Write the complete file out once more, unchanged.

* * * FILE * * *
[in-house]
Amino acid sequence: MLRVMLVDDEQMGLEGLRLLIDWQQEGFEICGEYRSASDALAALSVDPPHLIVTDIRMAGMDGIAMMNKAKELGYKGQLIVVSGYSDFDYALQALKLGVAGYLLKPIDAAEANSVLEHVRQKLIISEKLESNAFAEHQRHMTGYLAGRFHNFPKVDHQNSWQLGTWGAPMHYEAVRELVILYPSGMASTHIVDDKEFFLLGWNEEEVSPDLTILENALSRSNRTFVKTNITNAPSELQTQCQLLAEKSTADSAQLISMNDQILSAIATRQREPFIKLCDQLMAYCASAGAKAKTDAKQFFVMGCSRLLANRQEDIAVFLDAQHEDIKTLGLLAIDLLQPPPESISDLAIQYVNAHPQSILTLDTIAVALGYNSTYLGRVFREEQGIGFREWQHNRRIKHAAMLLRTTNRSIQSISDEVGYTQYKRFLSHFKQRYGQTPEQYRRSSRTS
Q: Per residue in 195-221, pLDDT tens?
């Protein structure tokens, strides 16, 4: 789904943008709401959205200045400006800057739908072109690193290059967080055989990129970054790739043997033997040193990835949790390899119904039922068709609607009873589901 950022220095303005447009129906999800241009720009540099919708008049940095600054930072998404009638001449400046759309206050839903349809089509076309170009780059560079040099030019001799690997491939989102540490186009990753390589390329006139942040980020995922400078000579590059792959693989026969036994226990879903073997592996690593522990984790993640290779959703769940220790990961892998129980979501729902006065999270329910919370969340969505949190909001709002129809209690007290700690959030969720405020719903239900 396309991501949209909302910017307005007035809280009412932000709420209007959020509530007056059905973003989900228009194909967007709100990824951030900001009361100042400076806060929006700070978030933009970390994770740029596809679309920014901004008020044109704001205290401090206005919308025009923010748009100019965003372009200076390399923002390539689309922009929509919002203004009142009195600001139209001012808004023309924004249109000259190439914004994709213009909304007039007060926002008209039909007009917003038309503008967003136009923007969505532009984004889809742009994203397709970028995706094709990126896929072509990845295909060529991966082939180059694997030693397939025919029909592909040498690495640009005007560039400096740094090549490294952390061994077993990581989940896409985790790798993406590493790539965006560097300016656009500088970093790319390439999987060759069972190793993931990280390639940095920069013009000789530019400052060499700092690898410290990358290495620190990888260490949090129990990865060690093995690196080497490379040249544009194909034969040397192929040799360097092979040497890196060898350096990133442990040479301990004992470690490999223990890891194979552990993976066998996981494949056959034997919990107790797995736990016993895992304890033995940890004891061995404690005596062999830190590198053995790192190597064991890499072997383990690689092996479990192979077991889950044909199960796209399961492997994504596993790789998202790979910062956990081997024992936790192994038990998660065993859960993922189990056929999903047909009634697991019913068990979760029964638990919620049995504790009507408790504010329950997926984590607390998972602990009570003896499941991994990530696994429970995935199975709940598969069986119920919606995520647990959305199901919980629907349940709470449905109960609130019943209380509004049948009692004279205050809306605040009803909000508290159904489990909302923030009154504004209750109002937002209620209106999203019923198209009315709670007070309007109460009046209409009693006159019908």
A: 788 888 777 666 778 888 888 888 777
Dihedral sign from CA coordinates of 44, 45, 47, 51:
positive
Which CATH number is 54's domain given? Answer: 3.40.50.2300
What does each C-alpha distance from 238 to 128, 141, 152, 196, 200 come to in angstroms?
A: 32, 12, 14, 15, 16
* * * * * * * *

[in-house]
Amino acid sequence: MLRVMLVDDEQMGLEGLRLLIDWQQEGFEICGEYRSASDALAALSVDPPHLIVTDIRMAGMDGIAMMNKAKELGYKGQLIVVSGYSDFDYALQALKLGVAGYLLKPIDAAEANSVLEHVRQKLIISEKLESNAFAEHQRHMTGYLAGRFHNFPKVDHQNSWQLGTWGAPMHYEAVRELVILYPSGMASTHIVDDKEFFLLGWNEEEVSPDLTILENALSRSNRTFVKTNITNAPSELQTQCQLLAEKSTADSAQLISMNDQILSAIATRQREPFIKLCDQLMAYCASAGAKAKTDAKQFFVMGCSRLLANRQEDIAVFLDAQHEDIKTLGLLAIDLLQPPPESISDLAIQYVNAHPQSILTLDTIAVALGYNSTYLGRVFREEQGIGFREWQHNRRIKHAAMLLRTTNRSIQSISDEVGYTQYKRFLSHFKQRYGQTPEQYRRSSRTS
Q: Per residue in 195-221, pLDDT tens?
């Protein structure tokens, strides 16, 4: 789904943008709401959205200045400006800057739908072109690193290059967080055989990129970054790739043997033997040193990835949790390899119904039922068709609607009873589901 950022220095303005447009129906999800241009720009540099919708008049940095600054930072998404009638001449400046759309206050839903349809089509076309170009780059560079040099030019001799690997491939989102540490186009990753390589390329006139942040980020995922400078000579590059792959693989026969036994226990879903073997592996690593522990984790993640290779959703769940220790990961892998129980979501729902006065999270329910919370969340969505949190909001709002129809209690007290700690959030969720405020719903239900 396309991501949209909302910017307005007035809280009412932000709420209007959020509530007056059905973003989900228009194909967007709100990824951030900001009361100042400076806060929006700070978030933009970390994770740029596809679309920014901004008020044109704001205290401090206005919308025009923010748009100019965003372009200076390399923002390539689309922009929509919002203004009142009195600001139209001012808004023309924004249109000259190439914004994709213009909304007039007060926002008209039909007009917003038309503008967003136009923007969505532009984004889809742009994203397709970028995706094709990126896929072509990845295909060529991966082939180059694997030693397939025919029909592909040498690495640009005007560039400096740094090549490294952390061994077993990581989940896409985790790798993406590493790539965006560097300016656009500088970093790319390439999987060759069972190793993931990280390639940095920069013009000789530019400052060499700092690898410290990358290495620190990888260490949090129990990865060690093995690196080497490379040249544009194909034969040397192929040799360097092979040497890196060898350096990133442990040479301990004992470690490999223990890891194979552990993976066998996981494949056959034997919990107790797995736990016993895992304890033995940890004891061995404690005596062999830190590198053995790192190597064991890499072997383990690689092996479990192979077991889950044909199960796209399961492997994504596993790789998202790979910062956990081997024992936790192994038990998660065993859960993922189990056929999903047909009634697991019913068990979760029964638990919620049995504790009507408790504010329950997926984590607390998972602990009570003896499941991994990530696994429970995935199975709940598969069986119920919606995520647990959305199901919980629907349940709470449905109960609130019943209380509004049948009692004279205050809306605040009803909000508290159904489990909302923030009154504004209750109002937002209620209106999203019923198209009315709670007070309007109460009046209409009693006159019908």
A: 788 888 777 666 778 888 888 888 777
Dihedral sign from CA coordinates of 44, 45, 47, 51:
positive
Which CATH number is 54's domain given? Answer: 3.40.50.2300
What does each C-alpha distance from 238 to 128, 141, 152, 196, 200 come to in angstroms?
A: 32, 12, 14, 15, 16